14 December 2006

Does Nestle Own an Airline?

There has been some news lately about air travel and breastfeeding.

Most of you have probably heard about the woman kicked off an airplane for nursing her young toddler. Apparently we are in such a state these days that offending the oh-so-delicate sensibilities of some uptight stewardess is now considered a threat to national security. After a huge uproar, it was disclosed that the rest of the crew had tried to talk some sense into said stewardess, and that she had been 'reprimanded', whatever that means.

And of course there is the dilemma of pumping Moms. For a variety of reasons, many Moms pump milk. Well, now that some nutcases hatched an ill-conceived and nearly impossible plan to use liquids to blow up a plane, you can kiss your breastmilk goodbye. Literally. Unless you have a baby with you, which in most cases would mean you did not need to pump, you will be asked to toss your liquid gold into the trash before boarding the plane. Yes, you can check it. But if you have been away from baby for a day or two, that is a whole lot of milk for the airline to misplace with the other baggage.

And checking the milk bags may not be an option in airports that require a trip through security when changing planes under certain circumstances. So all that milk you pumped on your 18 hour flight before changing planes? Trash it dear, would not want to risk national security. Quite a few chemists, you know, the people who actually know this stuff, have come out to say it would be virtually impossible to damage a plane using liquids. But since when has reality dictated airport security procedures.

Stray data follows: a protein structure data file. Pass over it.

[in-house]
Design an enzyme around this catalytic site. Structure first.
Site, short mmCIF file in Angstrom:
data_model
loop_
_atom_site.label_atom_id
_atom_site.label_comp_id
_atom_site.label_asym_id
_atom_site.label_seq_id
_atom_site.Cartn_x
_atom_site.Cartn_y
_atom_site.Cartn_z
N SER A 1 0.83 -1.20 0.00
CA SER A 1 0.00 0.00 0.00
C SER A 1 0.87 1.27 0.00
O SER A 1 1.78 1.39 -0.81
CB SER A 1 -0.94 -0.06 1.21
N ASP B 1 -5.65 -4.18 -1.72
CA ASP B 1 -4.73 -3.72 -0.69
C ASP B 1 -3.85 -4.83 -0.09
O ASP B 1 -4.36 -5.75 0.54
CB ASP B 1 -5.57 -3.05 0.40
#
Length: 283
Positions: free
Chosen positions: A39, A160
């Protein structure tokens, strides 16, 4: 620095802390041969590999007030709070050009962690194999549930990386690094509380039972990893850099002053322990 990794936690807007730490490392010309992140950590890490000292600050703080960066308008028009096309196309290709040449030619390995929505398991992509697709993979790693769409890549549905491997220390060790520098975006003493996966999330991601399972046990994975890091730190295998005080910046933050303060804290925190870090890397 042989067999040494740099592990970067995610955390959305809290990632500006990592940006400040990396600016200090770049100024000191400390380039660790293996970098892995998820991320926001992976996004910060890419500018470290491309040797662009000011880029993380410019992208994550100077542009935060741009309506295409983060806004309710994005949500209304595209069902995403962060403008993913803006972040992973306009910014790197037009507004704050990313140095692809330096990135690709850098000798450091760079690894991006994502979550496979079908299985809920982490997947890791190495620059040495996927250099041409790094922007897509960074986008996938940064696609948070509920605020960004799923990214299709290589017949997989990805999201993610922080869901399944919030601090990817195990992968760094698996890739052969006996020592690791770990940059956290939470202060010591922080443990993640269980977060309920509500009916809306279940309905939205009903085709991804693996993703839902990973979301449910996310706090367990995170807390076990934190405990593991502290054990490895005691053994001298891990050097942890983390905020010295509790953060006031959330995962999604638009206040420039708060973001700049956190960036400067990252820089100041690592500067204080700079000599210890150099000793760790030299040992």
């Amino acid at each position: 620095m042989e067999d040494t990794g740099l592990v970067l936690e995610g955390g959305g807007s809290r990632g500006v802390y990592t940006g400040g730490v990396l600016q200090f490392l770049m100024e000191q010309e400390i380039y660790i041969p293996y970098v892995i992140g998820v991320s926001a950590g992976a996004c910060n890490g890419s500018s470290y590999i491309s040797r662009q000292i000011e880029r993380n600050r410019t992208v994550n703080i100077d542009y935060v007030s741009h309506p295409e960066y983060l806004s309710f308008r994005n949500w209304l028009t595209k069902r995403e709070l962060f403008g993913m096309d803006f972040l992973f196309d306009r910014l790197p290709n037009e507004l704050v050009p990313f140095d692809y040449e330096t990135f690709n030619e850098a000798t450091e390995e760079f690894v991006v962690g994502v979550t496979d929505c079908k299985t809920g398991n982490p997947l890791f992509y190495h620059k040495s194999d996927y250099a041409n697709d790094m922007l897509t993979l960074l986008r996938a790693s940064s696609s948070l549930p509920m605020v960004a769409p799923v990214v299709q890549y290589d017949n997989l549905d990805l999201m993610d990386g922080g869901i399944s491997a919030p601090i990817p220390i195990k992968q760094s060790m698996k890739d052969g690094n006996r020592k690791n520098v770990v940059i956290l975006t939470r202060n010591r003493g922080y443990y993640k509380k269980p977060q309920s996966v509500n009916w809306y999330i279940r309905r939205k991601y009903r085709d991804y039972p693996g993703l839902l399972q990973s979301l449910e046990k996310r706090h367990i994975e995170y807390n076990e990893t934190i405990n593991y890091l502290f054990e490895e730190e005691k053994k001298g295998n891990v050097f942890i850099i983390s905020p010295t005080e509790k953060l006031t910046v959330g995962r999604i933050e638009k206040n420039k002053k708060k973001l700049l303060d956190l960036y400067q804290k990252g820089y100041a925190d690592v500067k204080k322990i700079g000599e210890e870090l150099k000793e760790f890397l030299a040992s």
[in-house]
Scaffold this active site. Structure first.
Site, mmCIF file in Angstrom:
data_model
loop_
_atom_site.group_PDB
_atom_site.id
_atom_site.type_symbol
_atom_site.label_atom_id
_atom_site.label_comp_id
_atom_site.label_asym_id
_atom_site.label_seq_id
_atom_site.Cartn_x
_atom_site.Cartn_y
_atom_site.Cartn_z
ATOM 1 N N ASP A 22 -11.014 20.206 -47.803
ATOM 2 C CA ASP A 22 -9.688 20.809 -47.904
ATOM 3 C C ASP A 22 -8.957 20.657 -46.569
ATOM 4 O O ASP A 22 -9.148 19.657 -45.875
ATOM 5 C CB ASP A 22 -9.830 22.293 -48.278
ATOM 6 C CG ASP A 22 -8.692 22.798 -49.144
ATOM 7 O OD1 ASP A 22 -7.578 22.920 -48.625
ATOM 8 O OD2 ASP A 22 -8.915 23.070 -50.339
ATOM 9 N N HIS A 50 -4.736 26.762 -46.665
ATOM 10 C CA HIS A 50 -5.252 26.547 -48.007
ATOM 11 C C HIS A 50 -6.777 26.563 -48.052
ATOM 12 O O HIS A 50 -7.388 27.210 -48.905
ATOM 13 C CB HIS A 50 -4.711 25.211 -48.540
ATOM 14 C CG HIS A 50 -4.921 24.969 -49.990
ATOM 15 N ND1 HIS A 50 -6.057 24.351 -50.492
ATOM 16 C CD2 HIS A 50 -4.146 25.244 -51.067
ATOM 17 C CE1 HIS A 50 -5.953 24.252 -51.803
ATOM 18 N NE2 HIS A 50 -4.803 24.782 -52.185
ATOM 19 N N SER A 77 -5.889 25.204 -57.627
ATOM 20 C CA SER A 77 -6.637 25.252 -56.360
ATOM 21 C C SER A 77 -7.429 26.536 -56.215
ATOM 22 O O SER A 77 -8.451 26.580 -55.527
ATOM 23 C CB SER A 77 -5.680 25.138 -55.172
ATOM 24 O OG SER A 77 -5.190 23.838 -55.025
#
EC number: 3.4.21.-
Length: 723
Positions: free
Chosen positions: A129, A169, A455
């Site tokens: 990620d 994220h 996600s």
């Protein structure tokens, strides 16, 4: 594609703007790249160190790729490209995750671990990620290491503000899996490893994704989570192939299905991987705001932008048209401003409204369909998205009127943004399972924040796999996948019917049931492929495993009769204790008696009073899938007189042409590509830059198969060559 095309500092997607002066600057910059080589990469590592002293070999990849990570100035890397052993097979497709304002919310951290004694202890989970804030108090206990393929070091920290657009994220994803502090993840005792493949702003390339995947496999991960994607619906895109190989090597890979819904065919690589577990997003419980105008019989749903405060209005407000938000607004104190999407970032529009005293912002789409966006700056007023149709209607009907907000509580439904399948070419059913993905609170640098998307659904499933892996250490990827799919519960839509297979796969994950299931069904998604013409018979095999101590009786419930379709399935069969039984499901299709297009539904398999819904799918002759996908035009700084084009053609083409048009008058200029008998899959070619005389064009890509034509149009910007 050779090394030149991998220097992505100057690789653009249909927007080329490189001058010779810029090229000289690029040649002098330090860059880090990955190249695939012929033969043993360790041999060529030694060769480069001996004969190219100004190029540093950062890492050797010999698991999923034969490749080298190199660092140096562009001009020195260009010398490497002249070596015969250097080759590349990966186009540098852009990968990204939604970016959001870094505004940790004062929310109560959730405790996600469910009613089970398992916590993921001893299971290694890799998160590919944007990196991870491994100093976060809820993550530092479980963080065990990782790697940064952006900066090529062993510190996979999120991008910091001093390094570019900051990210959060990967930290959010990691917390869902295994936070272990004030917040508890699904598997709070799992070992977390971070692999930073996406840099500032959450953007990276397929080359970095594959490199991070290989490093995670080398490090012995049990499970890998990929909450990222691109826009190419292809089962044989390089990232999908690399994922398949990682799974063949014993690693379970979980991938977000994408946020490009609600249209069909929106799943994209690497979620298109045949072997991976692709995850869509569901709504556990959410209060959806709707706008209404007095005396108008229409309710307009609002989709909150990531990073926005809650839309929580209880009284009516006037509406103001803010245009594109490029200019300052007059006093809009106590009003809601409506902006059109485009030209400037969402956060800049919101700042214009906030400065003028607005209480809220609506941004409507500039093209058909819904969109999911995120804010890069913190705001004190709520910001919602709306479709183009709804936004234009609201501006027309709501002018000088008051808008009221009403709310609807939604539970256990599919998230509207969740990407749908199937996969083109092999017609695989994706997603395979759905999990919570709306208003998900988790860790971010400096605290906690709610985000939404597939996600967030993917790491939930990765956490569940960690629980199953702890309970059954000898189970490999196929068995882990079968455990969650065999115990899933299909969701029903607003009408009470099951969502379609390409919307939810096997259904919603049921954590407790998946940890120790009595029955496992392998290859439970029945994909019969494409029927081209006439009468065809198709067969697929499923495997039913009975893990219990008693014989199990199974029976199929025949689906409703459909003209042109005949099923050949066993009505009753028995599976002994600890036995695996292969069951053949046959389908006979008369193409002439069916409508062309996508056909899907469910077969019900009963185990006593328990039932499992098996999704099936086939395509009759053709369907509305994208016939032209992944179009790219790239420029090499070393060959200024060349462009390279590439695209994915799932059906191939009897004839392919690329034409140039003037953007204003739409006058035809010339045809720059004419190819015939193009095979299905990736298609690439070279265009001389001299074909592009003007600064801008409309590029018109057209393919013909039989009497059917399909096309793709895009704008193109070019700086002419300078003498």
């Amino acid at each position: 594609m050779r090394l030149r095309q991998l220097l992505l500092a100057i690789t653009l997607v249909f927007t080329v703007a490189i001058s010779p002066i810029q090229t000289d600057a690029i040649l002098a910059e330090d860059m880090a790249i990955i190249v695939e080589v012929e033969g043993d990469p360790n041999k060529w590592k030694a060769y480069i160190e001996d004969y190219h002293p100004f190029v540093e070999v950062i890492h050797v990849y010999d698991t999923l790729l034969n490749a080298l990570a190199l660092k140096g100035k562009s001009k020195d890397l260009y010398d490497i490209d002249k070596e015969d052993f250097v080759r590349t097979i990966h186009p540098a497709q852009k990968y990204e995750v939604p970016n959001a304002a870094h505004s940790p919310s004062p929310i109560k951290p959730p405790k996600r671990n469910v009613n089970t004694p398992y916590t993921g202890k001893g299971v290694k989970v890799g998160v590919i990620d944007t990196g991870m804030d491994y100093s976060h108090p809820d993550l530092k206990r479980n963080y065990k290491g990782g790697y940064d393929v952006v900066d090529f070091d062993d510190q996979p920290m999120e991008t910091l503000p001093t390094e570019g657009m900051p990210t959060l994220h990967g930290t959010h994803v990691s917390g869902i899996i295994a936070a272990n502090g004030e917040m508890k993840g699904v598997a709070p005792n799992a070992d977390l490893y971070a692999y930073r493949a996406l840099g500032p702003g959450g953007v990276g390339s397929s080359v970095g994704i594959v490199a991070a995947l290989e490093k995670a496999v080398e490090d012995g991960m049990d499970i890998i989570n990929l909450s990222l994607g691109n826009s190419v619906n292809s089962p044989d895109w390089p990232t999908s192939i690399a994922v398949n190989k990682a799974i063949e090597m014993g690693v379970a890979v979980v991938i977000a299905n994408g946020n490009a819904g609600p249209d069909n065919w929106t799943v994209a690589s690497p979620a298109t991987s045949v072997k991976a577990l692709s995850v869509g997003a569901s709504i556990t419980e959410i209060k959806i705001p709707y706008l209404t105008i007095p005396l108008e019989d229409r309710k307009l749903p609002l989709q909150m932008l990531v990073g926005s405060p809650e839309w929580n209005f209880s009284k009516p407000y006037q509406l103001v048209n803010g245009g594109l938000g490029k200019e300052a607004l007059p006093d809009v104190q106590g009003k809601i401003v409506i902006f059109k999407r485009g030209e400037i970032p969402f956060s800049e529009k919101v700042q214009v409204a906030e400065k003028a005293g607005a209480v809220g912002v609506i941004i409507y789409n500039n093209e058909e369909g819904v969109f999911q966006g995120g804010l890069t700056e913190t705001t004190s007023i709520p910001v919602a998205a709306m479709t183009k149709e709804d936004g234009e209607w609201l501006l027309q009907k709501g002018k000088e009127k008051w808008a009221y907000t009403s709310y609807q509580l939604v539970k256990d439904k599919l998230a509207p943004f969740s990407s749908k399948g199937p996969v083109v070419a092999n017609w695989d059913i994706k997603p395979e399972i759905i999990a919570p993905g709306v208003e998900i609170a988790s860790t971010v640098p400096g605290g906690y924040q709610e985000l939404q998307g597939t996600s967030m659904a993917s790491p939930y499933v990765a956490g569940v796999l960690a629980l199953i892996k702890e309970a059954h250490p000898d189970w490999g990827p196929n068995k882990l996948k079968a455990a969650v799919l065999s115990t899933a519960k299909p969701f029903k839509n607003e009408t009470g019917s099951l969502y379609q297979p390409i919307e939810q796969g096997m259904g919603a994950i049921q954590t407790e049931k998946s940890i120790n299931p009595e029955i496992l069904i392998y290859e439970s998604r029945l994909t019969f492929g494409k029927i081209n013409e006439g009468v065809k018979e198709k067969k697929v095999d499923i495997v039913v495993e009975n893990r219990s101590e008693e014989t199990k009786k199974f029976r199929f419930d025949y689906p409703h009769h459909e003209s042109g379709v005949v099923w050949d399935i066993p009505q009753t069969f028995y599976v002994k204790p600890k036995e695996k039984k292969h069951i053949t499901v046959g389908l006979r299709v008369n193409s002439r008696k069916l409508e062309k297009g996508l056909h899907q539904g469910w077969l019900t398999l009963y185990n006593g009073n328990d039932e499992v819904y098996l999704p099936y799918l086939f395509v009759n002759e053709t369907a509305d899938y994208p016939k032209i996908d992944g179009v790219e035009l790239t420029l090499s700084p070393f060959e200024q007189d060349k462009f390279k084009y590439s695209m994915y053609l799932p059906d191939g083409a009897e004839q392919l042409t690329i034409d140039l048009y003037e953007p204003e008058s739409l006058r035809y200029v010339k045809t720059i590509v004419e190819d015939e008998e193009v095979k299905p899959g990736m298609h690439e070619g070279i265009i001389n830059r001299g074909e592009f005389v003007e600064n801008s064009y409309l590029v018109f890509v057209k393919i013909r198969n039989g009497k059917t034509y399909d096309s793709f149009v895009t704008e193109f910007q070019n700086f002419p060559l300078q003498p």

And don't get me started on trying to get a flight attendant to provide enough water to keep a nursing mom hydrated on a long flight. I am surprised the airlines have not started charging for beverages. A recent change now allows you to bring a water bottle purchased at an overpriced concourse shop onto the plane. Oh yeehaw.

Hey, but we are keeping the terrorists at bay, since their goal is to so disrupt our way of living that we forgo our values and liberties. Oh wait...


Melissa said...

Last week I returned from a 2.5 day business trip during which I pumped. This was my second "extended" trip away the baby so I had done quite a bit of homework with regards to national security and transporting pumped milk!

I am happy to report that the situation is not quite as bad as it seems. Despite weather which had me unexpectedly changing planes and even with my travel agent's best efforts I was stranded overnight in Atlanta, my milk, which was in my suitcase for 20 hours, made it home still partially frozen.

Yes it takes a lot of planning and extra room in your suitcase, but it's possible.

Homebody said...


I am so glad things worked out for you. I have heard mixed stories from friends. Regardless, I have to wonder what the TSA is thinking, and how many knives, guns, and other actual weapons they miss while wasting time making sure your toothpaste is in a 3.0 oz tube, and not a 4.5 oz. one...